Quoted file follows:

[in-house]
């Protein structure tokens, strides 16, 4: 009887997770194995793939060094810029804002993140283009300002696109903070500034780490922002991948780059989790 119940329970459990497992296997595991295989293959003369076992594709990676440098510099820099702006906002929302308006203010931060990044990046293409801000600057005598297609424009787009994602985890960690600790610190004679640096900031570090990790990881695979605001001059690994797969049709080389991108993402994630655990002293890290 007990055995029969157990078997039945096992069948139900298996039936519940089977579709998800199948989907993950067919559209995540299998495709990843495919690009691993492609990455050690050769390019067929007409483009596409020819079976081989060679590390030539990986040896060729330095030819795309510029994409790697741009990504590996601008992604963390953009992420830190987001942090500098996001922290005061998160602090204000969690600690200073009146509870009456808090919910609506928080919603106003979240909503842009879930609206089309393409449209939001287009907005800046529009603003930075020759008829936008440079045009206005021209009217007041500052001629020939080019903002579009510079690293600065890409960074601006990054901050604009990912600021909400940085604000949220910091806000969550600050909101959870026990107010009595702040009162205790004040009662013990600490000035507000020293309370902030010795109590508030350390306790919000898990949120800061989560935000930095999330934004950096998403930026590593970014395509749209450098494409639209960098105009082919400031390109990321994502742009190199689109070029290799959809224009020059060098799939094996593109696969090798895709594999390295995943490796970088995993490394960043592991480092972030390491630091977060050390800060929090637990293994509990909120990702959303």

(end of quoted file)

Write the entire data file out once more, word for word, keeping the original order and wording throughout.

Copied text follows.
[in-house]
């Protein structure tokens, strides 16, 4: 009887997770194995793939060094810029804002993140283009300002696109903070500034780490922002991948780059989790 119940329970459990497992296997595991295989293959003369076992594709990676440098510099820099702006906002929302308006203010931060990044990046293409801000600057005598297609424009787009994602985890960690600790610190004679640096900031570090990790990881695979605001001059690994797969049709080389991108993402994630655990002293890290 007990055995029969157990078997039945096992069948139900298996039936519940089977579709998800199948989907993950067919559209995540299998495709990843495919690009691993492609990455050690050769390019067929007409483009596409020819079976081989060679590390030539990986040896060729330095030819795309510029994409790697741009990504590996601008992604963390953009992420830190987001942090500098996001922290005061998160602090204000969690600690200073009146509870009456808090919910609506928080919603106003979240909503842009879930609206089309393409449209939001287009907005800046529009603003930075020759008829936008440079045009206005021209009217007041500052001629020939080019903002579009510079690293600065890409960074601006990054901050604009990912600021909400940085604000949220910091806000969550600050909101959870026990107010009595702040009162205790004040009662013990600490000035507000020293309370902030010795109590508030350390306790919000898990949120800061989560935000930095999330934004950096998403930026590593970014395509749209450098494409639209960098105009082919400031390109990321994502742009190199689109070029290799959809224009020059060098799939094996593109696969090798895709594999390295995943490796970088995993490394960043592991480092972030390491630091977060050390800060929090637990293994509990909120990702959303």